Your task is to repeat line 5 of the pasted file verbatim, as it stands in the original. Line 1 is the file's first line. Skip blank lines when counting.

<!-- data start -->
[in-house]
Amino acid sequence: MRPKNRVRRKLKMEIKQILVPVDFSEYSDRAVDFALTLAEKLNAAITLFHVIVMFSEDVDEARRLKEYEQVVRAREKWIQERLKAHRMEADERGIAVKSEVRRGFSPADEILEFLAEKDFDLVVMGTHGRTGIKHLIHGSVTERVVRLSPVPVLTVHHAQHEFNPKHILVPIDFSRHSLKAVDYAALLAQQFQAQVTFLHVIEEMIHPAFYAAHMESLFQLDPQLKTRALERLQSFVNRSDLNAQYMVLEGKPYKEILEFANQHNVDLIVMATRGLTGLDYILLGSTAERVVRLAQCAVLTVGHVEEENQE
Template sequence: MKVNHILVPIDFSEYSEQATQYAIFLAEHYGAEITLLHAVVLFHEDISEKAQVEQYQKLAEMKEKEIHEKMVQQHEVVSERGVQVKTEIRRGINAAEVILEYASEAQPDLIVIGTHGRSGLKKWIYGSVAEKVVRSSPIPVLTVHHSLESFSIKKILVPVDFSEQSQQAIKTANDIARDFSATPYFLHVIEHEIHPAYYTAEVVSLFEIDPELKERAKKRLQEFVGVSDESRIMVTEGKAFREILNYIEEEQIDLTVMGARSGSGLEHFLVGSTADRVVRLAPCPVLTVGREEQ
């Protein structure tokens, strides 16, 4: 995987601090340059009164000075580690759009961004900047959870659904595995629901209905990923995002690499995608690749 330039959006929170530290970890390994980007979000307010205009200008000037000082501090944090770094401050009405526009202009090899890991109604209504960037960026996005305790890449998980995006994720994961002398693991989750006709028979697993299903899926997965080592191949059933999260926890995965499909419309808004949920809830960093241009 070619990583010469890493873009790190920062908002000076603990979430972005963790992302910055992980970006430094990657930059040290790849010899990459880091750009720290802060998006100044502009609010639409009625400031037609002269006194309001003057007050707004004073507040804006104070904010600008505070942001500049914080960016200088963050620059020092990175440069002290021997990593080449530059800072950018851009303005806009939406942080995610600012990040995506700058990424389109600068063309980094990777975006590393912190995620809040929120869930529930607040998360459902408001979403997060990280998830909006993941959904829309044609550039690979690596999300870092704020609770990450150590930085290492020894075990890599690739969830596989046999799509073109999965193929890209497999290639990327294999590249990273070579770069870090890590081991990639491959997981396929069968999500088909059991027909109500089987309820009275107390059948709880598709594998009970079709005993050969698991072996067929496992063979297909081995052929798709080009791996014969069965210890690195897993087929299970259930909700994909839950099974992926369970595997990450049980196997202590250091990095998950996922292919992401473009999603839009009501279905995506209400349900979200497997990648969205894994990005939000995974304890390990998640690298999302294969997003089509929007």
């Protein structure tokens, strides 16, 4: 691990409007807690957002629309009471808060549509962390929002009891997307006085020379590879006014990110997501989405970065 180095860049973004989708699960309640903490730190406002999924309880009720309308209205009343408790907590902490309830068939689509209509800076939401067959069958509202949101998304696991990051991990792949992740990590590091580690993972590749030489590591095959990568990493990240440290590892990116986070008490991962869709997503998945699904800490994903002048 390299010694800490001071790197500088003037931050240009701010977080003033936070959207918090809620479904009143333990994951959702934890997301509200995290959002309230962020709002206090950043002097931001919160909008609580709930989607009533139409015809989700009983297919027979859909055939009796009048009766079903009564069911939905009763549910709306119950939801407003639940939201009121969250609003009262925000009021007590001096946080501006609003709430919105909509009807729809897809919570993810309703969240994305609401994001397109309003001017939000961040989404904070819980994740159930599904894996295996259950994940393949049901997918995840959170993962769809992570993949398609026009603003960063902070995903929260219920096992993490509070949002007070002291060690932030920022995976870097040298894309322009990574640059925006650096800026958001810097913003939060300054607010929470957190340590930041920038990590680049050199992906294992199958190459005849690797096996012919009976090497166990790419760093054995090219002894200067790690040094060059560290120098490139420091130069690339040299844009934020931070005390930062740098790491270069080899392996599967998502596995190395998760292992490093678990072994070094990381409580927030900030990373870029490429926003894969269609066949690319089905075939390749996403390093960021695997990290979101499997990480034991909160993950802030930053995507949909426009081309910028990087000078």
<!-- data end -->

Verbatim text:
């Protein structure tokens, strides 16, 4: 691990409007807690957002629309009471808060549509962390929002009891997307006085020379590879006014990110997501989405970065 180095860049973004989708699960309640903490730190406002999924309880009720309308209205009343408790907590902490309830068939689509209509800076939401067959069958509202949101998304696991990051991990792949992740990590590091580690993972590749030489590591095959990568990493990240440290590892990116986070008490991962869709997503998945699904800490994903002048 390299010694800490001071790197500088003037931050240009701010977080003033936070959207918090809620479904009143333990994951959702934890997301509200995290959002309230962020709002206090950043002097931001919160909008609580709930989607009533139409015809989700009983297919027979859909055939009796009048009766079903009564069911939905009763549910709306119950939801407003639940939201009121969250609003009262925000009021007590001096946080501006609003709430919105909509009807729809897809919570993810309703969240994305609401994001397109309003001017939000961040989404904070819980994740159930599904894996295996259950994940393949049901997918995840959170993962769809992570993949398609026009603003960063902070995903929260219920096992993490509070949002007070002291060690932030920022995976870097040298894309322009990574640059925006650096800026958001810097913003939060300054607010929470957190340590930041920038990590680049050199992906294992199958190459005849690797096996012919009976090497166990790419760093054995090219002894200067790690040094060059560290120098490139420091130069690339040299844009934020931070005390930062740098790491270069080899392996599967998502596995190395998760292992490093678990072994070094990381409580927030900030990373870029490429926003894969269609066949690319089905075939390749996403390093960021695997990290979101499997990480034991909160993950802030930053995507949909426009081309910028990087000078």